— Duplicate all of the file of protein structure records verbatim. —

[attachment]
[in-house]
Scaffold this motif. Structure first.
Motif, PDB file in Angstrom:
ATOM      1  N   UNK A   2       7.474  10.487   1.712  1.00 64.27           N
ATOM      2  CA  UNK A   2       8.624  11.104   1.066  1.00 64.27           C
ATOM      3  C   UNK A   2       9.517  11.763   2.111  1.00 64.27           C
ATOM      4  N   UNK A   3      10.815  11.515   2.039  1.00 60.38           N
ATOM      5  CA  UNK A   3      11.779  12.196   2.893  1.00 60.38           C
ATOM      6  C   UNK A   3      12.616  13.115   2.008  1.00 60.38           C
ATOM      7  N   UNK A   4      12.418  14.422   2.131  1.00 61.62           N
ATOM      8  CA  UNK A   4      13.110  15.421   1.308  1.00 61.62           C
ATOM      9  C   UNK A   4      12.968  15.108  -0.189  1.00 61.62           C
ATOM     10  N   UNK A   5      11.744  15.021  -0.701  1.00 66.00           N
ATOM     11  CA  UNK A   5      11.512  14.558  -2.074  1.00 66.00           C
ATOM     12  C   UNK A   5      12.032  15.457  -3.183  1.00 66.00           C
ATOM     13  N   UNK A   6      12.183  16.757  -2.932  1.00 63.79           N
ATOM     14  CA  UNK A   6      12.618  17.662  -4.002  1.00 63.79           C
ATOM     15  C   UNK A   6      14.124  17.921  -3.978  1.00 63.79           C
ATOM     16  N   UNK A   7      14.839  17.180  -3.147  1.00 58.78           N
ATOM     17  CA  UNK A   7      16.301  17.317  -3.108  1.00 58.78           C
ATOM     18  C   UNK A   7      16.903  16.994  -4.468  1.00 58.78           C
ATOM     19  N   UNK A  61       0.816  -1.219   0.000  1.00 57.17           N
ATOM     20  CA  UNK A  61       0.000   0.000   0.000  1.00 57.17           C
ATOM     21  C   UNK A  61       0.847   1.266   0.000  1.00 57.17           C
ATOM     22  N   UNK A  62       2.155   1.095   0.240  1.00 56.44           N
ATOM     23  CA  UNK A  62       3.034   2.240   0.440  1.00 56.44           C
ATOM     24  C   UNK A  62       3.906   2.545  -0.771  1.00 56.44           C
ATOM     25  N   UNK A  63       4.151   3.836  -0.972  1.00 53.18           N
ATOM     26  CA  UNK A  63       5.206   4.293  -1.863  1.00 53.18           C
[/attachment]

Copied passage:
[in-house]
Scaffold this motif. Structure first.
Motif, PDB file in Angstrom:
ATOM      1  N   UNK A   2       7.474  10.487   1.712  1.00 64.27           N
ATOM      2  CA  UNK A   2       8.624  11.104   1.066  1.00 64.27           C
ATOM      3  C   UNK A   2       9.517  11.763   2.111  1.00 64.27           C
ATOM      4  N   UNK A   3      10.815  11.515   2.039  1.00 60.38           N
ATOM      5  CA  UNK A   3      11.779  12.196   2.893  1.00 60.38           C
ATOM      6  C   UNK A   3      12.616  13.115   2.008  1.00 60.38           C
ATOM      7  N   UNK A   4      12.418  14.422   2.131  1.00 61.62           N
ATOM      8  CA  UNK A   4      13.110  15.421   1.308  1.00 61.62           C
ATOM      9  C   UNK A   4      12.968  15.108  -0.189  1.00 61.62           C
ATOM     10  N   UNK A   5      11.744  15.021  -0.701  1.00 66.00           N
ATOM     11  CA  UNK A   5      11.512  14.558  -2.074  1.00 66.00           C
ATOM     12  C   UNK A   5      12.032  15.457  -3.183  1.00 66.00           C
ATOM     13  N   UNK A   6      12.183  16.757  -2.932  1.00 63.79           N
ATOM     14  CA  UNK A   6      12.618  17.662  -4.002  1.00 63.79           C
ATOM     15  C   UNK A   6      14.124  17.921  -3.978  1.00 63.79           C
ATOM     16  N   UNK A   7      14.839  17.180  -3.147  1.00 58.78           N
ATOM     17  CA  UNK A   7      16.301  17.317  -3.108  1.00 58.78           C
ATOM     18  C   UNK A   7      16.903  16.994  -4.468  1.00 58.78           C
ATOM     19  N   UNK A  61       0.816  -1.219   0.000  1.00 57.17           N
ATOM     20  CA  UNK A  61       0.000   0.000   0.000  1.00 57.17           C
ATOM     21  C   UNK A  61       0.847   1.266   0.000  1.00 57.17           C
ATOM     22  N   UNK A  62       2.155   1.095   0.240  1.00 56.44           N
ATOM     23  CA  UNK A  62       3.034   2.240   0.440  1.00 56.44           C
ATOM     24  C   UNK A  62       3.906   2.545  -0.771  1.00 56.44           C
ATOM     25  N   UNK A  63       4.151   3.836  -0.972  1.00 53.18           N
ATOM     26  CA  UNK A  63       5.206   4.293  -1.863  1.00 53.18           C